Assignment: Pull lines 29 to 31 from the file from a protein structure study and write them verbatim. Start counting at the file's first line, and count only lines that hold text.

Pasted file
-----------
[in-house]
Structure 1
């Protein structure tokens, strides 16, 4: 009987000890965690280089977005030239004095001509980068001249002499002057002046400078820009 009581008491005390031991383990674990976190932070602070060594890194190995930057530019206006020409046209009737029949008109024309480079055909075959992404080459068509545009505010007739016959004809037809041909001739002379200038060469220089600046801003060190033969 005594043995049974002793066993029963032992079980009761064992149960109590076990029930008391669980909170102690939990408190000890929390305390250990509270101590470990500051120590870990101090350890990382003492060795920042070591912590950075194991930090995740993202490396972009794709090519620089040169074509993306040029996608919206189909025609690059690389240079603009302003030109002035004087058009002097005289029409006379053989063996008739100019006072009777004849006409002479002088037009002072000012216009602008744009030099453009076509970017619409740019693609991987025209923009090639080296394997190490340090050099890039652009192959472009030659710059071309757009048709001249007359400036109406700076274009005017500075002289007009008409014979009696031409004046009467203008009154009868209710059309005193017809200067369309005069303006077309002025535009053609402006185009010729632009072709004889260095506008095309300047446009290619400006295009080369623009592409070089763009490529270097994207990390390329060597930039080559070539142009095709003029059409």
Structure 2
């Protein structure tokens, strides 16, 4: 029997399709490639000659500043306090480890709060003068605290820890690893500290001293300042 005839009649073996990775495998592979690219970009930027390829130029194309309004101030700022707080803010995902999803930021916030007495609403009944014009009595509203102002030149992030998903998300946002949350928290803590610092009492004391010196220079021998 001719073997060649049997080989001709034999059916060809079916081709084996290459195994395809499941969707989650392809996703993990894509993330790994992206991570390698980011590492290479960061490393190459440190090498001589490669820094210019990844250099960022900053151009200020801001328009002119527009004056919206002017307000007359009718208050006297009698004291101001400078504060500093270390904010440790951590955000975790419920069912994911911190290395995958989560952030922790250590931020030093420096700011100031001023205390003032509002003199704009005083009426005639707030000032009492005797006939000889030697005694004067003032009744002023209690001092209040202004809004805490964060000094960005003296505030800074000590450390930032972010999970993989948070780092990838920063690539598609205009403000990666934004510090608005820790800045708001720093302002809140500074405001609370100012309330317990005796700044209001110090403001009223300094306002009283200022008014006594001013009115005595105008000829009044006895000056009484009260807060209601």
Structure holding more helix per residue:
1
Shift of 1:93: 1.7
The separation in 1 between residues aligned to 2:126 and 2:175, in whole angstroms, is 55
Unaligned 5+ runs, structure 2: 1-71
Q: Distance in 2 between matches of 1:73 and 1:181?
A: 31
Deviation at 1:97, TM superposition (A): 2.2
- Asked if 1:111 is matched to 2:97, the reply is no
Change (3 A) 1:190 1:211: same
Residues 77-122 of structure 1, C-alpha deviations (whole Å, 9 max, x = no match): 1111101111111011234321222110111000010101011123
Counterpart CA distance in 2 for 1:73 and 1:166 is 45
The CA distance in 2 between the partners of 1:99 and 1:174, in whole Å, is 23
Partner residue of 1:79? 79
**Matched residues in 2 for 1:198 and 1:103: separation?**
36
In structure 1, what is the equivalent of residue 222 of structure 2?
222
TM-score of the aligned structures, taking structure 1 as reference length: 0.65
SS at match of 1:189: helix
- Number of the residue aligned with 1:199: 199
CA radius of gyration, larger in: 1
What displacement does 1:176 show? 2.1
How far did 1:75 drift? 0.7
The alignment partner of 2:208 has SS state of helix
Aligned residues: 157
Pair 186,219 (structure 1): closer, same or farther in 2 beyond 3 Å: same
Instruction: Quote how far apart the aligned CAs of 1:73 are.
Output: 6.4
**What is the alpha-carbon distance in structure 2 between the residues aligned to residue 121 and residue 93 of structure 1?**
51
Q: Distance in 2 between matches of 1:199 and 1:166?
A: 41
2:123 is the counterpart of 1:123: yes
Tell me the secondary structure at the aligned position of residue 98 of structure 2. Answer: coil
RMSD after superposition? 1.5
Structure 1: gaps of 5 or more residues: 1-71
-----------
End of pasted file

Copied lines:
How far did 1:75 drift? 0.7
The alignment partner of 2:208 has SS state of helix
Aligned residues: 157